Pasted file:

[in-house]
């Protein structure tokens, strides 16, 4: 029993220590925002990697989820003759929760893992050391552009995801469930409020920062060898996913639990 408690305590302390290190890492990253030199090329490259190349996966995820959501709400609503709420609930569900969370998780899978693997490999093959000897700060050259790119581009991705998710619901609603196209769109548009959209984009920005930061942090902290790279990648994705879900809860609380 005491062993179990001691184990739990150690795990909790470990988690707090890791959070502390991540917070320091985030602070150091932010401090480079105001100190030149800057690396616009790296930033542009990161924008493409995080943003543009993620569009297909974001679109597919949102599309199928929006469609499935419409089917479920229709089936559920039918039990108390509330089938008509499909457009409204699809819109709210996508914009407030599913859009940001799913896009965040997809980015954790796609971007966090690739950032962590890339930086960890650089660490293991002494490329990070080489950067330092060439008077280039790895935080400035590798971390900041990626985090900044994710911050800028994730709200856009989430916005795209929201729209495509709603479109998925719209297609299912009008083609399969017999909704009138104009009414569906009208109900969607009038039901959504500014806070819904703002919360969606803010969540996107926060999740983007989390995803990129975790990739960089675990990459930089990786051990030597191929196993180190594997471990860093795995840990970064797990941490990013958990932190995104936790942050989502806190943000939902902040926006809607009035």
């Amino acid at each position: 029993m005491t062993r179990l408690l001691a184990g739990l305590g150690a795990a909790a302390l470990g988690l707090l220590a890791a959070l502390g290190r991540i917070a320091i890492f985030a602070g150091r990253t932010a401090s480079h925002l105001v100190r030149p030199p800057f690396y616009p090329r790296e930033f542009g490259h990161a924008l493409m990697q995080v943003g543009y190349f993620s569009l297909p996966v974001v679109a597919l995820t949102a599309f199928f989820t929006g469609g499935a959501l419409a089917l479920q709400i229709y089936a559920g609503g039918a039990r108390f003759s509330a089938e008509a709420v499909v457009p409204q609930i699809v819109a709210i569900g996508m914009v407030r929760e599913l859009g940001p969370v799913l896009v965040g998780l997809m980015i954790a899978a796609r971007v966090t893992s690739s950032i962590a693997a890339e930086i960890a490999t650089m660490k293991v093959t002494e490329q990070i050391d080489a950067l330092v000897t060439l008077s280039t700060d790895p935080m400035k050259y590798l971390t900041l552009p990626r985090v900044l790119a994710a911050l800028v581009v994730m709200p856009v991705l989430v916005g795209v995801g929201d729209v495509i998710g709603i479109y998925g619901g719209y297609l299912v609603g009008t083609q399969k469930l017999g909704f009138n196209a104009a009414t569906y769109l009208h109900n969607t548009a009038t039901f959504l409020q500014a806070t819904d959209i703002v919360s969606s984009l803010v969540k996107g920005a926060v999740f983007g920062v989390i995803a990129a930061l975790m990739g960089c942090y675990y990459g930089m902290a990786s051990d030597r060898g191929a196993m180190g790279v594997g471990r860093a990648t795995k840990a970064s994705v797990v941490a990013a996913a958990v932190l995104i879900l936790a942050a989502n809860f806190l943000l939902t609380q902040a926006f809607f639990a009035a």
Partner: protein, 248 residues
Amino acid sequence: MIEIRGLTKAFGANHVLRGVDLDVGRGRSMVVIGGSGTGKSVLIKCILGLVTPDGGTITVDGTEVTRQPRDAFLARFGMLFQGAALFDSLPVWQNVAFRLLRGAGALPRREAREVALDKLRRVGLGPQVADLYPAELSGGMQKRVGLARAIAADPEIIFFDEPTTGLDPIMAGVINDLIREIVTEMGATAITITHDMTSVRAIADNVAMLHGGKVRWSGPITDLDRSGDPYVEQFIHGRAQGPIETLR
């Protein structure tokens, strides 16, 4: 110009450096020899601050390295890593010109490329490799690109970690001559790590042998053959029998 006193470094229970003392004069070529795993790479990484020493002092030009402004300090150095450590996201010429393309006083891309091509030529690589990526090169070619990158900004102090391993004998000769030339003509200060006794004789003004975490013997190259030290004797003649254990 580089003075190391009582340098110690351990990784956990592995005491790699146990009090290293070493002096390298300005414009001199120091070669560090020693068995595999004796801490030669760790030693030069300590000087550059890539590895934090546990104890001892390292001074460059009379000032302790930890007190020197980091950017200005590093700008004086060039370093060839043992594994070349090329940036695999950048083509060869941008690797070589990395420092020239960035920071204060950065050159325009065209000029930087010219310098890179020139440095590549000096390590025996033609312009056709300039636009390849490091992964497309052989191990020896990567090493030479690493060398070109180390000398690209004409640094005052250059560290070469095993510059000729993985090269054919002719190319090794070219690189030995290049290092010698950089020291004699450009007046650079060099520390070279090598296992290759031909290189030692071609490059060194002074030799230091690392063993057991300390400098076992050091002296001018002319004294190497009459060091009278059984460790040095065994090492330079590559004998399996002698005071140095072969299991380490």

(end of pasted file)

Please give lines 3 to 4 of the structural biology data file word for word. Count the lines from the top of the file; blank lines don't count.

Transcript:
């Amino acid at each position: 029993m005491t062993r179990l408690l001691a184990g739990l305590g150690a795990a909790a302390l470990g988690l707090l220590a890791a959070l502390g290190r991540i917070a320091i890492f985030a602070g150091r990253t932010a401090s480079h925002l105001v100190r030149p030199p800057f690396y616009p090329r790296e930033f542009g490259h990161a924008l493409m990697q995080v943003g543009y190349f993620s569009l297909p996966v974001v679109a597919l995820t949102a599309f199928f989820t929006g469609g499935a959501l419409a089917l479920q709400i229709y089936a559920g609503g039918a039990r108390f003759s509330a089938e008509a709420v499909v457009p409204q609930i699809v819109a709210i569900g996508m914009v407030r929760e599913l859009g940001p969370v799913l896009v965040g998780l997809m980015i954790a899978a796609r971007v966090t893992s690739s950032i962590a693997a890339e930086i960890a490999t650089m660490k293991v093959t002494e490329q990070i050391d080489a950067l330092v000897t060439l008077s280039t700060d790895p935080m400035k050259y590798l971390t900041l552009p990626r985090v900044l790119a994710a911050l800028v581009v994730m709200p856009v991705l989430v916005g795209v995801g929201d729209v495509i998710g709603i479109y998925g619901g719209y297609l299912v609603g009008t083609q399969k469930l017999g909704f009138n196209a104009a009414t569906y769109l009208h109900n969607t548009a009038t039901f959504l409020q500014a806070t819904d959209i703002v919360s969606s984009l803010v969540k996107g920005a926060v999740f983007g920062v989390i995803a990129a930061l975790m990739g960089c942090y675990y990459g930089m902290a990786s051990d030597r060898g191929a196993m180190g790279v594997g471990r860093a990648t795995k840990a970064s994705v797990v941490a990013a996913a958990v932190l995104i879900l936790a942050a989502n809860f806190l943000l939902t609380q902040a926006f809607f639990a009035a």
Partner: protein, 248 residues